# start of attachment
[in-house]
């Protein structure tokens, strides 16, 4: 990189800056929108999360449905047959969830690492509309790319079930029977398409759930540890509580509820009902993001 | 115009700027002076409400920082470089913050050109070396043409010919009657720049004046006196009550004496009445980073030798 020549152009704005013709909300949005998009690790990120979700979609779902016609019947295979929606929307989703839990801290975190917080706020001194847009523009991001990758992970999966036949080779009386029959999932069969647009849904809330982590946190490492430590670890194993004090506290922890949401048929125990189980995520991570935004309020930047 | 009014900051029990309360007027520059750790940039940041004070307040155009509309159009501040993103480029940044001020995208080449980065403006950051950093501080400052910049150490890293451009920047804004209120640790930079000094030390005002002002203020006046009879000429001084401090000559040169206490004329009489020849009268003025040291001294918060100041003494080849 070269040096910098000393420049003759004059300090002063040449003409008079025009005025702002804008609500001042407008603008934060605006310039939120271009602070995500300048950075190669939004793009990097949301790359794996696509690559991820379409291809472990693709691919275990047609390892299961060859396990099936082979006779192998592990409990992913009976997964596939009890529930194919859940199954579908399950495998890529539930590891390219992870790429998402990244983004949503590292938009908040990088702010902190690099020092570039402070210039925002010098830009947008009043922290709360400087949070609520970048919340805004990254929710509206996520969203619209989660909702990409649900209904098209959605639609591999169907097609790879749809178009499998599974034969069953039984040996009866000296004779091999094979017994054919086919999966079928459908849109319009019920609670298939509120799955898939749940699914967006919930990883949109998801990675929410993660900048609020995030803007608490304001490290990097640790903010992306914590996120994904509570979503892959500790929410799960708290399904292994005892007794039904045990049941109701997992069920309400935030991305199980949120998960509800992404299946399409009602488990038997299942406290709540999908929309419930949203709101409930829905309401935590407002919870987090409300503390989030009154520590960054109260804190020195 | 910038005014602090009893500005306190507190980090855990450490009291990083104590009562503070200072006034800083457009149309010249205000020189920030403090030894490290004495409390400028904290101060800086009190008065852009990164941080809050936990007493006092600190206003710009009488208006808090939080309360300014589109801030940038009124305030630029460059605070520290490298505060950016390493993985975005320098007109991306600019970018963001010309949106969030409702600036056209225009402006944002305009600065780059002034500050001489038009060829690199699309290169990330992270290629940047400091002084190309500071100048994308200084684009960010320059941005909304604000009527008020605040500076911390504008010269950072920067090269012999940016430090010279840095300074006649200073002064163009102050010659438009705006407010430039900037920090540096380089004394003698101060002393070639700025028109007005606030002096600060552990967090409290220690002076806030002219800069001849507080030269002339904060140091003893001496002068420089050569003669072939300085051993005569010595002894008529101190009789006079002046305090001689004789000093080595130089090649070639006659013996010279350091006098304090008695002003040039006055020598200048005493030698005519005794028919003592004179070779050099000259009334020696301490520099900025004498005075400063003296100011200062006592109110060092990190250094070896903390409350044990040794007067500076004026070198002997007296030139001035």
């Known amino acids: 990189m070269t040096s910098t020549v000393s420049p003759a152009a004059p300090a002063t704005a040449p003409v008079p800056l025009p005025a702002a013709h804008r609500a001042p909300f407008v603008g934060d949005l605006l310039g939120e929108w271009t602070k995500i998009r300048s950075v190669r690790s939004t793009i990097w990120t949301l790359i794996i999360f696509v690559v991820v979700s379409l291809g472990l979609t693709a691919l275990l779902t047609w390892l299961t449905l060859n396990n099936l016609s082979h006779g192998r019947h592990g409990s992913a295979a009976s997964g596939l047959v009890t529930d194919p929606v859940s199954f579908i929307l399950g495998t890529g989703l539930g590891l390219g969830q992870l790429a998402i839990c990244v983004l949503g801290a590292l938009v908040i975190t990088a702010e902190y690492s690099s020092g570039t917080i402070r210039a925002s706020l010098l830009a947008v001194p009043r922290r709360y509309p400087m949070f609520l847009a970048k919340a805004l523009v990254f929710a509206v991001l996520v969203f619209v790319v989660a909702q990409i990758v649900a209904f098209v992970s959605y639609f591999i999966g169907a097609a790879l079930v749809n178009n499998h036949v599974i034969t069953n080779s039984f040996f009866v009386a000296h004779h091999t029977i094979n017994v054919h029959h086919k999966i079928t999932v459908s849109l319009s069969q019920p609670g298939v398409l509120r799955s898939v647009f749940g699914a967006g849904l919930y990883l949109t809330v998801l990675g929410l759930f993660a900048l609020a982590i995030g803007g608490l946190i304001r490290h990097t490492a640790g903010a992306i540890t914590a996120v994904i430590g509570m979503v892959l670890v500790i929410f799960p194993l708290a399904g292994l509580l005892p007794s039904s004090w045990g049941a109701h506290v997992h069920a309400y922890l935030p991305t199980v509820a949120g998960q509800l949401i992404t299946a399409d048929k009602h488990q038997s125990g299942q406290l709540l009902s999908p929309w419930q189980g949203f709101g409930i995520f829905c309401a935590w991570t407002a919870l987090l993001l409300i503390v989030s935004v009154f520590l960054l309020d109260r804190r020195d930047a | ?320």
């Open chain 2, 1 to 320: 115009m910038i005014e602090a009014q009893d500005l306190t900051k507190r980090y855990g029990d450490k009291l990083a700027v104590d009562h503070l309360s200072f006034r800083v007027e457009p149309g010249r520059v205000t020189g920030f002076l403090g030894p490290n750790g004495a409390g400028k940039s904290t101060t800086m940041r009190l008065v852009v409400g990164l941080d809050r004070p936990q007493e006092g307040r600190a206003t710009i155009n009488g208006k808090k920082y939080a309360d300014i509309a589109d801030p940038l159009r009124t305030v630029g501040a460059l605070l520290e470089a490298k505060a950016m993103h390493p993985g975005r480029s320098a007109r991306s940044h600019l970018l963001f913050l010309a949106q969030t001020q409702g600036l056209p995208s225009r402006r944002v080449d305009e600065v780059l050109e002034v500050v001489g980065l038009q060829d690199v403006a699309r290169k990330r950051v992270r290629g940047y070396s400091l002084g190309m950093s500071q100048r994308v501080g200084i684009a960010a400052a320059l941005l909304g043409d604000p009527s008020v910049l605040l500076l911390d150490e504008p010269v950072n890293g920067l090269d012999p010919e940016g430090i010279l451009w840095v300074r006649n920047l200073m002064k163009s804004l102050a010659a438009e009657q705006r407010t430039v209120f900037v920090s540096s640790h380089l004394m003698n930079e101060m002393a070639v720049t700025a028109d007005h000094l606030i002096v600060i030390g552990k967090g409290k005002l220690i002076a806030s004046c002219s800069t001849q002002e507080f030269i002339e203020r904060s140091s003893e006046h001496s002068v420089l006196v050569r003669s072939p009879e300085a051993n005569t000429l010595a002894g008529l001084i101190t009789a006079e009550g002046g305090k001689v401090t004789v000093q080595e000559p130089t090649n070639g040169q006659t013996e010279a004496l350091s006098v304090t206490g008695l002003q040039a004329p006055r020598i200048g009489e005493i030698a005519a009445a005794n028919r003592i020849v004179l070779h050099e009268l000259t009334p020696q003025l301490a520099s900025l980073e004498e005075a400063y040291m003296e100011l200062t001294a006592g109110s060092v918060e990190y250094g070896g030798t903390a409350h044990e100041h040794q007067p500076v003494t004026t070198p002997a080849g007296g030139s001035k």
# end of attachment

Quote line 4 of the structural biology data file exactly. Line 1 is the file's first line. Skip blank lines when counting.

């Open chain 2, 1 to 320: 115009m910038i005014e602090a009014q009893d500005l306190t900051k507190r980090y855990g029990d450490k009291l990083a700027v104590d009562h503070l309360s200072f006034r800083v007027e457009p149309g010249r520059v205000t020189g920030f002076l403090g030894p490290n750790g004495a409390g400028k940039s904290t101060t800086m940041r009190l008065v852009v409400g990164l941080d809050r004070p936990q007493e006092g307040r600190a206003t710009i155009n009488g208006k808090k920082y939080a309360d300014i509309a589109d801030p940038l159009r009124t305030v630029g501040a460059l605070l520290e470089a490298k505060a950016m993103h390493p993985g975005r480029s320098a007109r991306s940044h600019l970018l963001f913050l010309a949106q969030t001020q409702g600036l056209p995208s225009r402006r944002v080449d305009e600065v780059l050109e002034v500050v001489g980065l038009q060829d690199v403006a699309r290169k990330r950051v992270r290629g940047y070396s400091l002084g190309m950093s500071q100048r994308v501080g200084i684009a960010a400052a320059l941005l909304g043409d604000p009527s008020v910049l605040l500076l911390d150490e504008p010269v950072n890293g920067l090269d012999p010919e940016g430090i010279l451009w840095v300074r006649n920047l200073m002064k163009s804004l102050a010659a438009e009657q705006r407010t430039v209120f900037v920090s540096s640790h380089l004394m003698n930079e101060m002393a070639v720049t700025a028109d007005h000094l606030i002096v600060i030390g552990k967090g409290k005002l220690i002076a806030s004046c002219s800069t001849q002002e507080f030269i002339e203020r904060s140091s003893e006046h001496s002068v420089l006196v050569r003669s072939p009879e300085a051993n005569t000429l010595a002894g008529l001084i101190t009789a006079e009550g002046g305090k001689v401090t004789v000093q080595e000559p130089t090649n070639g040169q006659t013996e010279a004496l350091s006098v304090t206490g008695l002003q040039a004329p006055r020598i200048g009489e005493i030698a005519a009445a005794n028919r003592i020849v004179l070779h050099e009268l000259t009334p020696q003025l301490a520099s900025l980073e004498e005075a400063y040291m003296e100011l200062t001294a006592g109110s060092v918060e990190y250094g070896g030798t903390a409350h044990e100041h040794q007067p500076v003494t004026t070198p002997a080849g007296g030139s001035k």